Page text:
If you are starting small and you want to bid on big jobs, you need to have a network of subcontractors ready to go. Work on that network from the start. Make sure that they are all professional, bondable, and reliable because you will ultimately be responsible for their construction work (or lack of it).
You will need to make several purchases to get your business off the ground. Then, after that, you will need to finance your projects before you can see any profit.
Pay Upfront Expenses
Before you start, you will need working capital to pay for licenses, permits, business cards, and insurance. You will also probably have to rent office space and purchase or lease construction equipment appropriate to your first project. There is no real way to determine what these expenses will total. The main thing here is to create a budget and stick with it.
Hopefully, you will have enough personal assets to get started. If you do not have enough capital to build your first project from scratch, you will need financing. You can do this through several methods, but a local bank is the first place to start. It will be essential to establish a working relationship with at least one local bank and banker as early on in the process as possible.
You may also want to look at an SBA loan or various neighborhood grants as they may be available, especially if you are a minority businessperson.
Educate Yourself on Business Banking
No matter how you raise your startup capital, you will need an ongoing relationship with local banks.
There are two financing streams in the construction industry—the money to run the business and the money to construct the buildings. So two essential parts of connecting with a local bank will be establishing a business bank account and obtaining a credit card.
Construction financing works on a unique business model. As a general contractor, you will have a lot of money running through your business. It will be your responsibility to keep diligent records so you know how much is in the bank and how much needs to go to your subcontractors.
Either the general contractor or the homeowner will arrange for a construction loan for the actual construction. This loan is paid in percentage chunks at specific contractual intervals during construction. One function of a general contractor is to connect the buyer with a bank for a loan for that buyer's project, so a good relationship with a local bank is essential.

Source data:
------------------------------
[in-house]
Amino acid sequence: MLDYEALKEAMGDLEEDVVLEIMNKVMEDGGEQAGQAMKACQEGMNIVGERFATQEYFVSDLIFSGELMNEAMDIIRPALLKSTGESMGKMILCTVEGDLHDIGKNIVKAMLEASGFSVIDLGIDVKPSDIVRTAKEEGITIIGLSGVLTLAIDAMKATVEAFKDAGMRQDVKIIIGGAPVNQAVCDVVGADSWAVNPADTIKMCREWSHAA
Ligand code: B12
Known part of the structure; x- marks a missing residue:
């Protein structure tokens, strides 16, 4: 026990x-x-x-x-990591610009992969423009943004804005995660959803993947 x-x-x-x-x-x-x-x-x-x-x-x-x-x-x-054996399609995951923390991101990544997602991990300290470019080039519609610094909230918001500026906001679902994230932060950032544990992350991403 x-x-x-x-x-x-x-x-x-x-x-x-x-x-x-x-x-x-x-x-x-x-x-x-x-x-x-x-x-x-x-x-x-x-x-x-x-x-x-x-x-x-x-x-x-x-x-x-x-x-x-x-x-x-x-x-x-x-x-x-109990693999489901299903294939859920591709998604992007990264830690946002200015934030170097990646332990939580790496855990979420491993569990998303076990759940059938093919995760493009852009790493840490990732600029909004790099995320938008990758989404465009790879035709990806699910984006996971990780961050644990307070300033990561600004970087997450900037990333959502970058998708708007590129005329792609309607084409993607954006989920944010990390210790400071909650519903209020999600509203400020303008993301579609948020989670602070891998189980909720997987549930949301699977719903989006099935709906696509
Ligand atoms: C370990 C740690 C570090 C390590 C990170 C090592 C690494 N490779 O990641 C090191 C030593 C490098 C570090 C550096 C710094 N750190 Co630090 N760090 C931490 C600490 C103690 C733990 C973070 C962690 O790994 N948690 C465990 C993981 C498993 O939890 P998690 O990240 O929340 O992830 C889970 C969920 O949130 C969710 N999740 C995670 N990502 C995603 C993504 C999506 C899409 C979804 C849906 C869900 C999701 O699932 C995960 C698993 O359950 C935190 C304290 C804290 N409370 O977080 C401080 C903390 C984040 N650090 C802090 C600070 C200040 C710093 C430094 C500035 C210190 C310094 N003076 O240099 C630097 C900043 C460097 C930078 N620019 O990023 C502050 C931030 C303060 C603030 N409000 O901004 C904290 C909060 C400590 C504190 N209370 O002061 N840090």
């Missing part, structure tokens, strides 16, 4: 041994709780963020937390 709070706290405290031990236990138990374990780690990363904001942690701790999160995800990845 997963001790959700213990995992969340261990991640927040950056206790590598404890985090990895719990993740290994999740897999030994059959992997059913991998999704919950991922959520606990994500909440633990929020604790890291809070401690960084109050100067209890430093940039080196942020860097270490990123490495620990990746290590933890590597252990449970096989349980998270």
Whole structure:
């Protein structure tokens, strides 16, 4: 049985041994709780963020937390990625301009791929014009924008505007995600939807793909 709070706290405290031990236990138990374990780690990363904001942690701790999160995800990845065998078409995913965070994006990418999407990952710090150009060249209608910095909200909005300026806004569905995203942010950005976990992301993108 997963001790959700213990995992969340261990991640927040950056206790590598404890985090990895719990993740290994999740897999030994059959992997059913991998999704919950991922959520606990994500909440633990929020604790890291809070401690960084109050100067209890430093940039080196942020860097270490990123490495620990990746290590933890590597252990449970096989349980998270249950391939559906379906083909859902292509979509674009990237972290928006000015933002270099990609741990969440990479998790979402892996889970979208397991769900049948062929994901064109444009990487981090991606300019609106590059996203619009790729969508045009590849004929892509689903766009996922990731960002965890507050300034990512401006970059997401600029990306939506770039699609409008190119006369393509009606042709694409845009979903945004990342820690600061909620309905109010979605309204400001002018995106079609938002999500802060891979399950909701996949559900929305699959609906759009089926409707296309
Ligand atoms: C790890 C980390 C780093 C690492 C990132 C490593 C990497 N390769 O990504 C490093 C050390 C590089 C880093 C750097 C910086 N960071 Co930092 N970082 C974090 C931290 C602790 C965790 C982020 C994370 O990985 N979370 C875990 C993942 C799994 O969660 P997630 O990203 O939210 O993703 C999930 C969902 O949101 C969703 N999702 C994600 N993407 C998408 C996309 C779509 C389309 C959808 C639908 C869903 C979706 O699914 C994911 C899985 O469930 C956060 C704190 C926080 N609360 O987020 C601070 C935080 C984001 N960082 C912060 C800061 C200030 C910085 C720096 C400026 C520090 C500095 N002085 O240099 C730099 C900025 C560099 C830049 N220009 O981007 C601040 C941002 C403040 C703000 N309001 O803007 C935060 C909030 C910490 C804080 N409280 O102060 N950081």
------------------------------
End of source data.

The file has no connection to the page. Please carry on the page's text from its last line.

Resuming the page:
The construction business is really like no other in how it procures materials, employs various people, and handles accounting. Because of that, you need to acquire want various industry-integral software:
- Construction management software tracks your entire project. There are a number of these to choose from. Most are skewed to a specific size of business or project.
- Construction accounting software tracks income and expenses, like all accounting software. These programs also track project-specific finances. They can tell you what percentage of the job is complete, monitor equipment usage, and collaborate with subcontractors' accounting programs. Construction accounting programs can also do payroll, which can be a complicated area for this business.
- It would be best if you also learned how to bid on jobs. Like accounting and project management, construction bidding software is also available. Project bidding can be a challenging process, especially on public or highly complex buildings. But even on small projects, this software can help get you jobs. You may also want to consider hiring an administrator to assist in bidding on complex projects.
Creating trust in your brand should be a fundamental part of any startup construction company. You want to do whatever it takes to finish a job in such a way that you are trusted with future jobs and worthy of positive referrals. Especially with social media, the good and the bad will get out to the public before you can have a chance to react or respond. Do great work ahead of time and, hopefully, all the feedback will be positive.